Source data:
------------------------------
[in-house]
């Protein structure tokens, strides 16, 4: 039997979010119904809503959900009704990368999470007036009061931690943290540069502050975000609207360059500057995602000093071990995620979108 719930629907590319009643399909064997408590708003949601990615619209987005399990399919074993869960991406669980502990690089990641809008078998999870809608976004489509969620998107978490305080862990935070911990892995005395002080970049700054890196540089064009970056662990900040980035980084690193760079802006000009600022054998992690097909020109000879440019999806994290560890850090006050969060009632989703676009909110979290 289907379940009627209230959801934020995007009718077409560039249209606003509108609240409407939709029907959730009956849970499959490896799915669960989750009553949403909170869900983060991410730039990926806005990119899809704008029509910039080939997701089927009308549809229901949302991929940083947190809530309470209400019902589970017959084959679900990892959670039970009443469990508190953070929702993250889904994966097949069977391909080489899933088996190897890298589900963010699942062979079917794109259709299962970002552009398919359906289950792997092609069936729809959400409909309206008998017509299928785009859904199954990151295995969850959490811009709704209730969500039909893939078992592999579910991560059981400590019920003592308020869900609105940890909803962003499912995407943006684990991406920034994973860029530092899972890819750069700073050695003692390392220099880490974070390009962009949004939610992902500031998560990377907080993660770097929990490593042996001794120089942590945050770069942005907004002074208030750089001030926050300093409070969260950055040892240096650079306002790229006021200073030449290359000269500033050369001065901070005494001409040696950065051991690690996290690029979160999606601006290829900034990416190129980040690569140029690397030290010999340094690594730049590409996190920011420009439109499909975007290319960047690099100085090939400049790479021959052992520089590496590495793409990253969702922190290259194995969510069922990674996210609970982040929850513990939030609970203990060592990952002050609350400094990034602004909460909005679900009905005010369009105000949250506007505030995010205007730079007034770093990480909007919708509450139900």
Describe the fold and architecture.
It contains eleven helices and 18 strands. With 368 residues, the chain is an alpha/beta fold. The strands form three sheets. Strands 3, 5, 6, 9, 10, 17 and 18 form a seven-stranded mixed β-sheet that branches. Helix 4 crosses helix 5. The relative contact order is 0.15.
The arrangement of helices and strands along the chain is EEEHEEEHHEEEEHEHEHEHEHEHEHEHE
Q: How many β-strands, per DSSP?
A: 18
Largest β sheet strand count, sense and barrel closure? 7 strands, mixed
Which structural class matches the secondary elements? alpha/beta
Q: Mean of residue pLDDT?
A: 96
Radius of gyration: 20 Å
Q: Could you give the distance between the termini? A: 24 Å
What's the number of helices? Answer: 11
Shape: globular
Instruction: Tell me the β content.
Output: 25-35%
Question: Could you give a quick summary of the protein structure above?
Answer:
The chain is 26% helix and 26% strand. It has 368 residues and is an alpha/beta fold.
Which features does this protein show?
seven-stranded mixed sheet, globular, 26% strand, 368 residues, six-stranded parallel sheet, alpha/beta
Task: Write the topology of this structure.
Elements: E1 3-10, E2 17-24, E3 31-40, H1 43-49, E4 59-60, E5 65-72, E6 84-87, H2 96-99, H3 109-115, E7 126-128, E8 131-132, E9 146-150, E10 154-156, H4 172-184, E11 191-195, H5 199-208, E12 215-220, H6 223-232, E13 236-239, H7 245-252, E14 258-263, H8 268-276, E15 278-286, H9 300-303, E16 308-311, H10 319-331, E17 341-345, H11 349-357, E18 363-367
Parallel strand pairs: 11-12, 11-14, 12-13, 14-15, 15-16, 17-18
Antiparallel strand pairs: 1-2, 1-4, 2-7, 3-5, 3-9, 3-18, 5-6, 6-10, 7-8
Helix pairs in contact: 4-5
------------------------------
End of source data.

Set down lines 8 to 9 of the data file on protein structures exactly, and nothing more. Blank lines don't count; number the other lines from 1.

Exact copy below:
Largest β sheet strand count, sense and barrel closure? 7 strands, mixed
Which structural class matches the secondary elements? alpha/beta